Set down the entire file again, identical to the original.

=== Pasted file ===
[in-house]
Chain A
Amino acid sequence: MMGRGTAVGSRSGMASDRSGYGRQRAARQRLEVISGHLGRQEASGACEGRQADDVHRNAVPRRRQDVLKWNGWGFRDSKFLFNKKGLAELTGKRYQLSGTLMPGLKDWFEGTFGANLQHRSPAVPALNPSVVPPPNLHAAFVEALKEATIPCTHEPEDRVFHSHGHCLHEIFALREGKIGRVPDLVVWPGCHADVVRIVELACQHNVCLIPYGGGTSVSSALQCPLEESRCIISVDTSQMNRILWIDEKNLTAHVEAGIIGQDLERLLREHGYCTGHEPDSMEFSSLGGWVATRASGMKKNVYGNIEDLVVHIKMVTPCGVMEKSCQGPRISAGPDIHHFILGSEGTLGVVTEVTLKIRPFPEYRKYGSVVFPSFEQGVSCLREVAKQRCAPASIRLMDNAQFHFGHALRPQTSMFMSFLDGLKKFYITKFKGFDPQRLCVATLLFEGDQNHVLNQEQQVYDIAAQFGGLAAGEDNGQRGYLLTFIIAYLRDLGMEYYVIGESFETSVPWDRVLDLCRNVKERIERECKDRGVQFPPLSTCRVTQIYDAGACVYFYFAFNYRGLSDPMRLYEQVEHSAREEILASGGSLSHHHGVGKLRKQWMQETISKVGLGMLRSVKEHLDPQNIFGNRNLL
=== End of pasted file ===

[in-house]
Chain A
Amino acid sequence: MMGRGTAVGSRSGMASDRSGYGRQRAARQRLEVISGHLGRQEASGACEGRQADDVHRNAVPRRRQDVLKWNGWGFRDSKFLFNKKGLAELTGKRYQLSGTLMPGLKDWFEGTFGANLQHRSPAVPALNPSVVPPPNLHAAFVEALKEATIPCTHEPEDRVFHSHGHCLHEIFALREGKIGRVPDLVVWPGCHADVVRIVELACQHNVCLIPYGGGTSVSSALQCPLEESRCIISVDTSQMNRILWIDEKNLTAHVEAGIIGQDLERLLREHGYCTGHEPDSMEFSSLGGWVATRASGMKKNVYGNIEDLVVHIKMVTPCGVMEKSCQGPRISAGPDIHHFILGSEGTLGVVTEVTLKIRPFPEYRKYGSVVFPSFEQGVSCLREVAKQRCAPASIRLMDNAQFHFGHALRPQTSMFMSFLDGLKKFYITKFKGFDPQRLCVATLLFEGDQNHVLNQEQQVYDIAAQFGGLAAGEDNGQRGYLLTFIIAYLRDLGMEYYVIGESFETSVPWDRVLDLCRNVKERIERECKDRGVQFPPLSTCRVTQIYDAGACVYFYFAFNYRGLSDPMRLYEQVEHSAREEILASGGSLSHHHGVGKLRKQWMQETISKVGLGMLRSVKEHLDPQNIFGNRNLL